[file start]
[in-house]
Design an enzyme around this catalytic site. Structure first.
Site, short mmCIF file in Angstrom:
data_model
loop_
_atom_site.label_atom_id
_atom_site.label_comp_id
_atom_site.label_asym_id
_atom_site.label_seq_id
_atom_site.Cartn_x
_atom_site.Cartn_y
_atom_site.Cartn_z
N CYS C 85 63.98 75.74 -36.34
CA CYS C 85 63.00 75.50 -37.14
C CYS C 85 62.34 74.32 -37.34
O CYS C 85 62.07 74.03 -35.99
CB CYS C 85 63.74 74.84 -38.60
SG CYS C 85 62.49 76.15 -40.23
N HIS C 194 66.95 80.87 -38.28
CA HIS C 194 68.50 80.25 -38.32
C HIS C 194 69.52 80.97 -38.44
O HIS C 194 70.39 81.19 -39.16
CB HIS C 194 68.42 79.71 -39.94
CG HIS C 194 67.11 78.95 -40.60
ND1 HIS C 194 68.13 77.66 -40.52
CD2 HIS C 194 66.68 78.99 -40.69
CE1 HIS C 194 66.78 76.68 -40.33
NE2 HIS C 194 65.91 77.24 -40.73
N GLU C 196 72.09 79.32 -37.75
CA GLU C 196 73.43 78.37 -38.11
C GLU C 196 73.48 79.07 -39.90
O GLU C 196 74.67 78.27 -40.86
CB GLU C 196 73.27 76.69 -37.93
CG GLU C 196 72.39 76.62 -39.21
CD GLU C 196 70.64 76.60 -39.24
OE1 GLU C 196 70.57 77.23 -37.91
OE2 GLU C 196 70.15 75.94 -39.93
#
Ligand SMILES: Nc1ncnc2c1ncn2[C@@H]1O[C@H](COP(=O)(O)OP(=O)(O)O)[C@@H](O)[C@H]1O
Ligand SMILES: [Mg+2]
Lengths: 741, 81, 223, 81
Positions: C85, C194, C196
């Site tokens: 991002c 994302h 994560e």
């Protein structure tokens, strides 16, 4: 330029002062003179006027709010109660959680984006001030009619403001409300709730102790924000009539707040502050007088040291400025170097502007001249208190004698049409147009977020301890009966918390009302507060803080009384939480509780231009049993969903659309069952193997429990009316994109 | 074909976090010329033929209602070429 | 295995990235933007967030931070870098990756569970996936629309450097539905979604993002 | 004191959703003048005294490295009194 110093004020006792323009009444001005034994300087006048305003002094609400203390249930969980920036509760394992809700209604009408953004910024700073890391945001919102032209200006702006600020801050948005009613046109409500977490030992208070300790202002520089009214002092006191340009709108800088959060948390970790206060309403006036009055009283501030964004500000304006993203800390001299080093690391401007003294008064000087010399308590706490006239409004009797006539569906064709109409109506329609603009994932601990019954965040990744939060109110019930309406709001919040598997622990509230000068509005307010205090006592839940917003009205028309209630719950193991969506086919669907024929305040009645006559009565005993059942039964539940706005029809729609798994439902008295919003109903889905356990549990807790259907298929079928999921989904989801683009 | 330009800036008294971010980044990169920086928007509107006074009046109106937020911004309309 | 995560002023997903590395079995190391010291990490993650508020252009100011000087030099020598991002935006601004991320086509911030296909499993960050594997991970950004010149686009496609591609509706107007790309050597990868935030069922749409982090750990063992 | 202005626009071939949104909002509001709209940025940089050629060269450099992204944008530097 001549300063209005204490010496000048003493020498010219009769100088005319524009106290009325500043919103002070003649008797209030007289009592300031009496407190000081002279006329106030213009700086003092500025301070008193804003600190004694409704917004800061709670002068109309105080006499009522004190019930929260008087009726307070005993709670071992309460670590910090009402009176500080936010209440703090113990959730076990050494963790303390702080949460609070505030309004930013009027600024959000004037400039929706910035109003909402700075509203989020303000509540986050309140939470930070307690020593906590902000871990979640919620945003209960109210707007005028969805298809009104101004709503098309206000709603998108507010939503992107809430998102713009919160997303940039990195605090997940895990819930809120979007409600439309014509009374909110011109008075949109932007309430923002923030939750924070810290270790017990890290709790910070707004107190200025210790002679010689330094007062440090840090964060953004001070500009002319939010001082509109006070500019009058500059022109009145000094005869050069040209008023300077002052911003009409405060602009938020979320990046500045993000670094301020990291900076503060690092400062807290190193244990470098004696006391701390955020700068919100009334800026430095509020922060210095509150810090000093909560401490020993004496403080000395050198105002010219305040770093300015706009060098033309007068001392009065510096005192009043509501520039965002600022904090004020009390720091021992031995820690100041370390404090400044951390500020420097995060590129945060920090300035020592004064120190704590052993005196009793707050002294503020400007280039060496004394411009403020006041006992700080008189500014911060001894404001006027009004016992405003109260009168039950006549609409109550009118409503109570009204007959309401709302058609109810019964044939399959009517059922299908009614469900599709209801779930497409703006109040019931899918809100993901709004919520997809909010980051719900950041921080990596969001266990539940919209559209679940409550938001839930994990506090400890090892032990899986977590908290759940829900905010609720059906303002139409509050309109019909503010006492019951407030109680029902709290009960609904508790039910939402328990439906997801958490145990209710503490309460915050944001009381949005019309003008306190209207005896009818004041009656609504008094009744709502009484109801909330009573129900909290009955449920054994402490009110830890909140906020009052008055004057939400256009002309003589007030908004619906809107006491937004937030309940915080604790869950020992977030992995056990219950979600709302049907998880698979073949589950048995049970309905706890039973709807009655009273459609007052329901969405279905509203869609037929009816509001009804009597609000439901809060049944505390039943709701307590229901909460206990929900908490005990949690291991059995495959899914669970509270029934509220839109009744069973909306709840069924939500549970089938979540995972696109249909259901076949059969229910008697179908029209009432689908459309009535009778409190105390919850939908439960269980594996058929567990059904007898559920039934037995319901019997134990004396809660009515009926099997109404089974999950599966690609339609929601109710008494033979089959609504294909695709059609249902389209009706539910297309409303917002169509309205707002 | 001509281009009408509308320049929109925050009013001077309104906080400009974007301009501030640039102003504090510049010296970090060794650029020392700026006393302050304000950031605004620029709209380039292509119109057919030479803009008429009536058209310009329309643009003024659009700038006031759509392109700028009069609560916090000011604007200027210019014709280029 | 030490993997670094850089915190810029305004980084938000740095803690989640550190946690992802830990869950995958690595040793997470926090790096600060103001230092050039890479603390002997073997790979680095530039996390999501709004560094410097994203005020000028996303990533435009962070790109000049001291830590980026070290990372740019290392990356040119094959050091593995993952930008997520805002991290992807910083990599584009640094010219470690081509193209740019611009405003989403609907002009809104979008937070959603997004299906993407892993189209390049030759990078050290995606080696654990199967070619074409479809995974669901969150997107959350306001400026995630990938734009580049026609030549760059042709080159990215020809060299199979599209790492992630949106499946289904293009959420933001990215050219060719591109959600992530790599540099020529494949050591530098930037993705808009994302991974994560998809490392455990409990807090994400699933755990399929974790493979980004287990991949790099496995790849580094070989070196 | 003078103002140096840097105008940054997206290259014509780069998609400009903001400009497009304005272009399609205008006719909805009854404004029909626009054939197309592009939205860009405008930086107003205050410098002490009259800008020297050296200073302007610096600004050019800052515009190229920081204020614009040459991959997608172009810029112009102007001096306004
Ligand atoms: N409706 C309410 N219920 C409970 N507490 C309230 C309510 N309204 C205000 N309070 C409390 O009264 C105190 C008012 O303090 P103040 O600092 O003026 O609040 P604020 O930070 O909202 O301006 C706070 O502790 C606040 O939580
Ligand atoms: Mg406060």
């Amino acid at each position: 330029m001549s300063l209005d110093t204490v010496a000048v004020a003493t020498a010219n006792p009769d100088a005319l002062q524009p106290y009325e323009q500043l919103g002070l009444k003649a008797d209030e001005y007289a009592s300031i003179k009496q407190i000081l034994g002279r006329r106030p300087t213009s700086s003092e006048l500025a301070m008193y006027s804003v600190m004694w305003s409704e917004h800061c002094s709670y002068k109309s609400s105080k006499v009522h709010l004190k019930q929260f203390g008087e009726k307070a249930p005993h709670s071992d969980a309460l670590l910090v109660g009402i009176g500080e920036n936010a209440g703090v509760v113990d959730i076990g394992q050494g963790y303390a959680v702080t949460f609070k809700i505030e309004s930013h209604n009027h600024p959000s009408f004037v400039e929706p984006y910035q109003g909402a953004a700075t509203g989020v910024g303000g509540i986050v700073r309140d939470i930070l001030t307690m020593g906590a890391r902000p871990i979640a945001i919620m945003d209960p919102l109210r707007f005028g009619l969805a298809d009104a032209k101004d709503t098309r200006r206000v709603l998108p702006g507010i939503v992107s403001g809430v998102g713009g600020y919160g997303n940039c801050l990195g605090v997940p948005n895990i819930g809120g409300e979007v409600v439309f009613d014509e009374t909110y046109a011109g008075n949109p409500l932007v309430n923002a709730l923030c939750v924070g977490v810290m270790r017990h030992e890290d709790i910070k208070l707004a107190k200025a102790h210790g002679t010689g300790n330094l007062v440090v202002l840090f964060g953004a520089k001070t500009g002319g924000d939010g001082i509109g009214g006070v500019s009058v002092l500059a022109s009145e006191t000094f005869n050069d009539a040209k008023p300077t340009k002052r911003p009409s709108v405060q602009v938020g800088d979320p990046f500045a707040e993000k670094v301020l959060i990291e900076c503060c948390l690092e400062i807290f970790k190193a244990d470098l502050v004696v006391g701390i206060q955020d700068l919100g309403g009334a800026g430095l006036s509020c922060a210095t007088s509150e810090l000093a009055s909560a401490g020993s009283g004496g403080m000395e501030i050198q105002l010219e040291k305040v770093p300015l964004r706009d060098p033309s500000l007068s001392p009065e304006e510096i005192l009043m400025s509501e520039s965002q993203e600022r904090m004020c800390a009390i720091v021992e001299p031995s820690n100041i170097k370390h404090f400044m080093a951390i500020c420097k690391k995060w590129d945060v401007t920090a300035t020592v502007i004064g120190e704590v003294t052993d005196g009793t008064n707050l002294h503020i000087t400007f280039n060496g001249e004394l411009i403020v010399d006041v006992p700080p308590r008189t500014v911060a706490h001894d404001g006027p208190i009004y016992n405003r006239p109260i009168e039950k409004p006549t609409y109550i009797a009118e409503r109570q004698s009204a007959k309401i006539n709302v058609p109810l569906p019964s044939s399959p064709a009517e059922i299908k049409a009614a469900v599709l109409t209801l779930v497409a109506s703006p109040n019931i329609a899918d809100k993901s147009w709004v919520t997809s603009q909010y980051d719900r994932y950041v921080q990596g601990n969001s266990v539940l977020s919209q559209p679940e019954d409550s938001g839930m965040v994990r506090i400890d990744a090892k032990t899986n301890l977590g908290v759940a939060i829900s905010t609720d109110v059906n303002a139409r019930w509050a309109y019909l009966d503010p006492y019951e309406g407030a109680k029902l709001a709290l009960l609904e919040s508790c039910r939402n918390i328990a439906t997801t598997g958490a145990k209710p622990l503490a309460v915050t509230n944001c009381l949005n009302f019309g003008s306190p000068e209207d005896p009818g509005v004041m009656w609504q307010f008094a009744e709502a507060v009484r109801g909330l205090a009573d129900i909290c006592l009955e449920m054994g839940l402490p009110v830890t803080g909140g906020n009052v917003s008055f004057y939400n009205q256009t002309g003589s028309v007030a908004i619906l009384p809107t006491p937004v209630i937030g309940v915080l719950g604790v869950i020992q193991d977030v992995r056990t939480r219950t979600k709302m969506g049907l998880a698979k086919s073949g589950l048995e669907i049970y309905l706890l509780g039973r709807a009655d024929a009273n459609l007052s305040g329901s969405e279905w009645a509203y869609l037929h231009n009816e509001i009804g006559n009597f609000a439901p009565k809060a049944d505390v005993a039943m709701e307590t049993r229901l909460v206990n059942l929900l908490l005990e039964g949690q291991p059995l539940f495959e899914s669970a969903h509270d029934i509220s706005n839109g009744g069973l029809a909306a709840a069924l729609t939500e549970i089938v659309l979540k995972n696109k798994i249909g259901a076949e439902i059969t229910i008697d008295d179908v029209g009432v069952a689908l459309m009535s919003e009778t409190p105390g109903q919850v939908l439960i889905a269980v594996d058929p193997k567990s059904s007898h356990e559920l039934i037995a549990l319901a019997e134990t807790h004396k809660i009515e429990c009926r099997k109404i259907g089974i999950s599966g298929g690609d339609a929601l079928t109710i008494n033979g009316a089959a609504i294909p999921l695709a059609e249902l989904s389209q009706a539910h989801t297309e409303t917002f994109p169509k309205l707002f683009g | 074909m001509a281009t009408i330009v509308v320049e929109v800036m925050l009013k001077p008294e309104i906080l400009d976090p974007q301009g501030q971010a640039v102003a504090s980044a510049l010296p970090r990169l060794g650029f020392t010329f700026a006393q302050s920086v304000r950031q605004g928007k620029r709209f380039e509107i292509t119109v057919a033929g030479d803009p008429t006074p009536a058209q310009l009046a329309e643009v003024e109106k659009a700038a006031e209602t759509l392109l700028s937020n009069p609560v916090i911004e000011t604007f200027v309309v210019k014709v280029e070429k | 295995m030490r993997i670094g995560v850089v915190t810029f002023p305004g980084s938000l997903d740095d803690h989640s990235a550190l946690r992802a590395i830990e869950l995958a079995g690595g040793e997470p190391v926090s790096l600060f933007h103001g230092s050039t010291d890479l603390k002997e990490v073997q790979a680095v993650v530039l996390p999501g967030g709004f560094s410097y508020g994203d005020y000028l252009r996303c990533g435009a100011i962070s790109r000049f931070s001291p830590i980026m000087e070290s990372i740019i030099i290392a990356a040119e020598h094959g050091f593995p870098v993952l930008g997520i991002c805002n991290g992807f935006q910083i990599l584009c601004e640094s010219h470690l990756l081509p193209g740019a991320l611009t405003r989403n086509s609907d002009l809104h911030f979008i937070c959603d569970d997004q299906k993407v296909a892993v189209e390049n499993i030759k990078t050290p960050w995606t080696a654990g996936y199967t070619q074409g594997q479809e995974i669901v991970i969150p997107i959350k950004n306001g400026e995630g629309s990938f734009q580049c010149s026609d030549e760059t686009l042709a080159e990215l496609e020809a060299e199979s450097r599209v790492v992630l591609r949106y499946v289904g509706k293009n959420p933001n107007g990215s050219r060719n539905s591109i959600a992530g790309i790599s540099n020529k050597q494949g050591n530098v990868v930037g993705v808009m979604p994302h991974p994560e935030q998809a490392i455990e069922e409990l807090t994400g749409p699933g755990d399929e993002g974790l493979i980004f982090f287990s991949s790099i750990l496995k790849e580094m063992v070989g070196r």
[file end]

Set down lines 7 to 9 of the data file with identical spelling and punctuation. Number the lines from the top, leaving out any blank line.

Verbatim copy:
_atom_site.label_comp_id
_atom_site.label_asym_id
_atom_site.label_seq_id